A unisex hairdresser’s salon; a young chap there getting his hair gelled and spiked (or whatever.) On the pavement by the door, waiting for collection, an empty five gallon drum of rape oil. Weird place, London. At the British Museum I watched an elegantly attired lady sitting, posing for the camera; right next to the signs which said ‘Emergency exit,’ and ‘Do not sit on the steps.’ But it’s the phones that get me. What is it with Londoners and mobile phones? Thirty or forty years ago I remember seeing a guy walk down the street in Reading. Speaking loudly, gesticulating wildly, people were giving him a wide berth until two policemen gently took him off to one side and waited for an ambulance to collect him. Now there’s scores of them, all babbling on their phones, but why do they gesticulate as they’re talking? But at least the gesticulating ones are looking about them. Next time I go down to London I’m getting a chest harness. On it, facing forward, I’m mounting a long spring and a boxing glove. Perhaps that will stop people walking into me because they didn’t see me. Anyone who knows me knows that I’m hardly the smallest person you’re likely to meet. Mind you the prize for ignoring me goes to the woman towing her suitcase on wheels with one hand, texting with the other. She walked straight through the crowd and across the front of me. It was like being cut up at a roundabout by an artic! A mate of mine once went sprawling in a similar situation, I was just lucky. Then there was the lass on the bus. I was crossing the road at some traffic lights and made it to the island in the middle. Fine so far! Then a bus, turning right, stopped immediately in front of me. There in front of me were an assortment of passengers, reading, playing with their phones, staring into space, or even chatting. Fair enough, all human life is here. But the lass directly in front of me was wearing the earphones from her phone, which is fair enough, not everybody wants to share your music. But she had the lead from her earphones in her mouth and she was sucking and chewing it. Does that indicate her mother didn’t breast feed her long enough, or did she allow her to breast feed too long? But the thing that really does get me about London isn’t entirely a London problem. They really shouldn’t allow women of a certain height to have umbrellas. If they do, when they walk, head bowed against the rain, the spikes on the umbrella are just the same height as my eyes. Normally, with eyes fixed on the floor, they do at least notice my feet and legs before they hit me in the face with the spikes. But as I made my way along the rain soaked pavement I was forced to take rapid evasive action to avoid two women who, oblivious to the world around them, were holding their umbrellas in one hand and were texting with the other. I did the only thing a reasonable man could do. I made my way to Euston and got the next train back to civilisation.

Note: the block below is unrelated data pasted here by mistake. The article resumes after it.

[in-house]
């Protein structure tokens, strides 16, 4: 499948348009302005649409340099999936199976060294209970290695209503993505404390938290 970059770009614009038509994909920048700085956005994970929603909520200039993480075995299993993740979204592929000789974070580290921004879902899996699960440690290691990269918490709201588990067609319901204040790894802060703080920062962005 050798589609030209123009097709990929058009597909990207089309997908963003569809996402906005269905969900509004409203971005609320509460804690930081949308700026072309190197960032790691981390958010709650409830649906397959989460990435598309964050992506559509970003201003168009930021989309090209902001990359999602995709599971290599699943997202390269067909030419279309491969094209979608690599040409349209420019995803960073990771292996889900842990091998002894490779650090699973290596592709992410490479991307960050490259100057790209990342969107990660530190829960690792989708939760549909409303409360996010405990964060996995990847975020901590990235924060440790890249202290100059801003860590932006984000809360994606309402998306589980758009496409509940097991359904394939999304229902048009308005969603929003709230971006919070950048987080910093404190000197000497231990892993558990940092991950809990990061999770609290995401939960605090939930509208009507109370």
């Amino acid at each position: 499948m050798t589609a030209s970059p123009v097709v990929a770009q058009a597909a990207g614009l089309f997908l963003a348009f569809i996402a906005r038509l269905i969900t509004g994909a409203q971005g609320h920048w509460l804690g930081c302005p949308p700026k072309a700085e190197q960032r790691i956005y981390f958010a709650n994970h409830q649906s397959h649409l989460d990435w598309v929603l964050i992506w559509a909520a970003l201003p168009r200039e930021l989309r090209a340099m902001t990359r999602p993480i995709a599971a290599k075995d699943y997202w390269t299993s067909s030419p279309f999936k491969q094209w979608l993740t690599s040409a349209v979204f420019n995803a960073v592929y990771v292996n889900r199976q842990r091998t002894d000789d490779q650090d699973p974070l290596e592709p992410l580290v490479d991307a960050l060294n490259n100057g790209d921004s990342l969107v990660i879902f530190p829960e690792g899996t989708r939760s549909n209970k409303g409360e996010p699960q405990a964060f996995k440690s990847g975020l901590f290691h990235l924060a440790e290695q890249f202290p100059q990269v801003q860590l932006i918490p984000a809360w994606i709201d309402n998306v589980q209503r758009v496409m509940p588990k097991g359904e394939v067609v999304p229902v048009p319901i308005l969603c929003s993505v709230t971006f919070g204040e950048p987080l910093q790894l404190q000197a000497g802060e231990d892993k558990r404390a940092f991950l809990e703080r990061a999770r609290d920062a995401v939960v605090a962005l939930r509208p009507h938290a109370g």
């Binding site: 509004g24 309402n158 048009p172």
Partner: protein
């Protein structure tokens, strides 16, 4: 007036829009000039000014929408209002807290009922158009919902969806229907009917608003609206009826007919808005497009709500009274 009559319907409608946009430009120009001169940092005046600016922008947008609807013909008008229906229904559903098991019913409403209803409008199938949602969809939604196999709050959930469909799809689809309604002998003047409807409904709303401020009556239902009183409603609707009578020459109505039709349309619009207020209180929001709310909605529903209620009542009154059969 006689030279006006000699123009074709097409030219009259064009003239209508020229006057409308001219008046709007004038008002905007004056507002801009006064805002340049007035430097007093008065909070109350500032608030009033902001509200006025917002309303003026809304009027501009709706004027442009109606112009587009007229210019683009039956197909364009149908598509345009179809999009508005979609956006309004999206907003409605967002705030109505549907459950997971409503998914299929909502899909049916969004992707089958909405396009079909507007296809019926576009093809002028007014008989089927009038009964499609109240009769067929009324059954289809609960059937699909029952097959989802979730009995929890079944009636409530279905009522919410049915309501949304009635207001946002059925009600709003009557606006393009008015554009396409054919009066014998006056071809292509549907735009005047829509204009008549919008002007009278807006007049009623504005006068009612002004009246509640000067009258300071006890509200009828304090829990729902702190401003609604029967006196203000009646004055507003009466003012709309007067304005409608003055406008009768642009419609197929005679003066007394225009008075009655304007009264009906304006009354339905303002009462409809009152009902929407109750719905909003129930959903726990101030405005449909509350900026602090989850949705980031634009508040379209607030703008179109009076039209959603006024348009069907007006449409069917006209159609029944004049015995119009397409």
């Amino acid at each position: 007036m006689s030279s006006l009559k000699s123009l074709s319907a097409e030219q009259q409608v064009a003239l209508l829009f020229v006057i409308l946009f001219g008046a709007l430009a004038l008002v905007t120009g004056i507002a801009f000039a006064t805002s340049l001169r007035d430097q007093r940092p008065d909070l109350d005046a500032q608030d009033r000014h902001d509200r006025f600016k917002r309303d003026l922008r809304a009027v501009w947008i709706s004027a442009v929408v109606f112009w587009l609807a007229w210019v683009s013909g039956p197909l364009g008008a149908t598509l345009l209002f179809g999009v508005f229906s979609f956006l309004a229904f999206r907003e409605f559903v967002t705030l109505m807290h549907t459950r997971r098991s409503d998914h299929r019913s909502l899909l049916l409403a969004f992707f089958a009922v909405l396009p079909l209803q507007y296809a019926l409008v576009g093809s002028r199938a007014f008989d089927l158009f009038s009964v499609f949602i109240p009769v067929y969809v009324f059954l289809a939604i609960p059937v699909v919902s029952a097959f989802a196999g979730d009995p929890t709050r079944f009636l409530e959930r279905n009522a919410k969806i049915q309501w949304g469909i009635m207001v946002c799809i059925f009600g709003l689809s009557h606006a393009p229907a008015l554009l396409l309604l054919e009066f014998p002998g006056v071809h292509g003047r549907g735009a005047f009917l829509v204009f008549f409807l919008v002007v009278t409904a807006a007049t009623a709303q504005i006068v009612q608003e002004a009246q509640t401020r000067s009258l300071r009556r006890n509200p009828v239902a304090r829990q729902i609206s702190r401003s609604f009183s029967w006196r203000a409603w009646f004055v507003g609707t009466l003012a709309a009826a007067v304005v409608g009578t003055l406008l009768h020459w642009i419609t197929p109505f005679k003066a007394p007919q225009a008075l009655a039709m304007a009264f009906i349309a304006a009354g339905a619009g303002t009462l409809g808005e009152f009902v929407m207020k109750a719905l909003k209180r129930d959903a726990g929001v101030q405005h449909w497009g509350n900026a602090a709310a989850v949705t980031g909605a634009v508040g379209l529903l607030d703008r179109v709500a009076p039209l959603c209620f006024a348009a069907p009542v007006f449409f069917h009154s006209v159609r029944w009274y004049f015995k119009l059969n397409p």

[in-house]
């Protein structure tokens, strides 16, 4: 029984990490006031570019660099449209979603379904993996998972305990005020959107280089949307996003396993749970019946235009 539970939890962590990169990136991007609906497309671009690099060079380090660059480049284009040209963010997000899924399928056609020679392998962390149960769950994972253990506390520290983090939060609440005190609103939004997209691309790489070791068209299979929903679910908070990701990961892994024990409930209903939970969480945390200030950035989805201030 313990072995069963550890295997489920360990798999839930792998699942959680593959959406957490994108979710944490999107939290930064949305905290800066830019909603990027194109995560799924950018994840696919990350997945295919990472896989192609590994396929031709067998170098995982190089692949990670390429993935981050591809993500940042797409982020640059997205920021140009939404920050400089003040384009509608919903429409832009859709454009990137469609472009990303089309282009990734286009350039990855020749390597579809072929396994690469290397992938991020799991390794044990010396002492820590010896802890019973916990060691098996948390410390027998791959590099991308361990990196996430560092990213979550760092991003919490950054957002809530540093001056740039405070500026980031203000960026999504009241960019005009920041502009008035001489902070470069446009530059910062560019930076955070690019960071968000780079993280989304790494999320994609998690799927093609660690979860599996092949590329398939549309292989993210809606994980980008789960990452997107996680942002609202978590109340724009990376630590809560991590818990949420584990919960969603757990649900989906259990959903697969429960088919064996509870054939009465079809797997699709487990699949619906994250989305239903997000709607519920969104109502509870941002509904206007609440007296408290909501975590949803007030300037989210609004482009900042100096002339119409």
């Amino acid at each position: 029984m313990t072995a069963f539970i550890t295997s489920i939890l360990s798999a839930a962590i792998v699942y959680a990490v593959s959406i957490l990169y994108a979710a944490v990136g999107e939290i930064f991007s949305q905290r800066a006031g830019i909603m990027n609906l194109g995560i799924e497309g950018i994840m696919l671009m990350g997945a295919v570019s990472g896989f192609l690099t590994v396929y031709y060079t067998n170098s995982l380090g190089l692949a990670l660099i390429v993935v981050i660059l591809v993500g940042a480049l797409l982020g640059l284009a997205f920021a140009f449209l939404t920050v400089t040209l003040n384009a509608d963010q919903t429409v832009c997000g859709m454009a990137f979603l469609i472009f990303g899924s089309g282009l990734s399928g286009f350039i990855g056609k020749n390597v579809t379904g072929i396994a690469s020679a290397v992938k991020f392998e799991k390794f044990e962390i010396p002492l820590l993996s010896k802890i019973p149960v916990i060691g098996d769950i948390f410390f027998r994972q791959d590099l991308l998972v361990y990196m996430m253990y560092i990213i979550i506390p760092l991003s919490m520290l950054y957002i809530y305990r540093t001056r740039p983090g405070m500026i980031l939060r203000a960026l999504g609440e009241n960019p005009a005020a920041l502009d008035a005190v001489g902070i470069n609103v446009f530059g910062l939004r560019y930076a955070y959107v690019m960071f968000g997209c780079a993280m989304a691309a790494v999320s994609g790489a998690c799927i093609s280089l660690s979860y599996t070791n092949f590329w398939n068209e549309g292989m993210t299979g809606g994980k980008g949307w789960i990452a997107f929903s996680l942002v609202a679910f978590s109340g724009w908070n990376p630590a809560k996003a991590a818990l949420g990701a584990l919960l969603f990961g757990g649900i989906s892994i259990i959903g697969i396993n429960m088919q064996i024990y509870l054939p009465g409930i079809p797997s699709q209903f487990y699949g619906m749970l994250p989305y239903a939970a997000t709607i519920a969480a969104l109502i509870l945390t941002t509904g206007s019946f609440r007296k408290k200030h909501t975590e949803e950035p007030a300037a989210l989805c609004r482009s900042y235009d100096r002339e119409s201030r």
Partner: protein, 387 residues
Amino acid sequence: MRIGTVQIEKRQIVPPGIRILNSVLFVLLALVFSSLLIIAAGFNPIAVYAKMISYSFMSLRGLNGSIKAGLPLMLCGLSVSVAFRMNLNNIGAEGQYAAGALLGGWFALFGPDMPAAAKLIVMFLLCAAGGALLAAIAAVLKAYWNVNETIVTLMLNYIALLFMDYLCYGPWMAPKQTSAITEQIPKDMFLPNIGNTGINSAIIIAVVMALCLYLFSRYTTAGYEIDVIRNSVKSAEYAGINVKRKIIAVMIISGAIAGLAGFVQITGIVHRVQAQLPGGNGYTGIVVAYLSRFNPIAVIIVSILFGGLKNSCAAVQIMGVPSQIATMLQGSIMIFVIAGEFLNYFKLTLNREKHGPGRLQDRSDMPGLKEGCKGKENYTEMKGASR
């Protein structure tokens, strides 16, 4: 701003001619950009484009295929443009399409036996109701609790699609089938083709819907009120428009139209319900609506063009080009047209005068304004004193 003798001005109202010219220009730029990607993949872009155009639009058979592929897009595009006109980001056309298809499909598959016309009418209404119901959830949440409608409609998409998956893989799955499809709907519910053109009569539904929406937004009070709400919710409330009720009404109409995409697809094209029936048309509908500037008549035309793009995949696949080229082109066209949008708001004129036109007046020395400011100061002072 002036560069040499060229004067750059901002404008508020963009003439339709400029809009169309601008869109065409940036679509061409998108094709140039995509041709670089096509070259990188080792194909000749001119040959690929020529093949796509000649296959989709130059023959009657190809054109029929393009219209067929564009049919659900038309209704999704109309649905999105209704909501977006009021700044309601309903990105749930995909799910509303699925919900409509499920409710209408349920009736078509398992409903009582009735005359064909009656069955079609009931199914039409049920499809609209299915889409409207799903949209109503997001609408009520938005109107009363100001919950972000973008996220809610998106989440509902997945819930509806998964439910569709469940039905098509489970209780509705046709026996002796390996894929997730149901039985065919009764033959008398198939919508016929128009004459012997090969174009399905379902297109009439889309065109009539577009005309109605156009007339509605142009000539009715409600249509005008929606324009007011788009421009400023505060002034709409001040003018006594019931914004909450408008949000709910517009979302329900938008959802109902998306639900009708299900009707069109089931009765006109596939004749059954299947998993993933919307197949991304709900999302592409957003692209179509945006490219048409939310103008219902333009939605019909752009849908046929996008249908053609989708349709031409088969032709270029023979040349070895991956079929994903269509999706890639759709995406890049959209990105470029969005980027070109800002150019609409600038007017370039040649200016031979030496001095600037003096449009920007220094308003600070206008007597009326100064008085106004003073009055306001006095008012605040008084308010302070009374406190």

And a book to read on the train?
As a reviewer commented “50 year old Benor is back in his home city of Toelar, enjoying a quiet life of roof running, paramouring, etc, when one day his routine gets disturbed, making a fast getaway necessary.
However, his escape route is blocked by an Urlan Knight.
Fortunately, the said Knight saves Benor’s life, without even unsheathing his sword, by just being there.
Unfortunately, the said Knight has been looking for Benor and has a little proposition to make.
And so it begins…”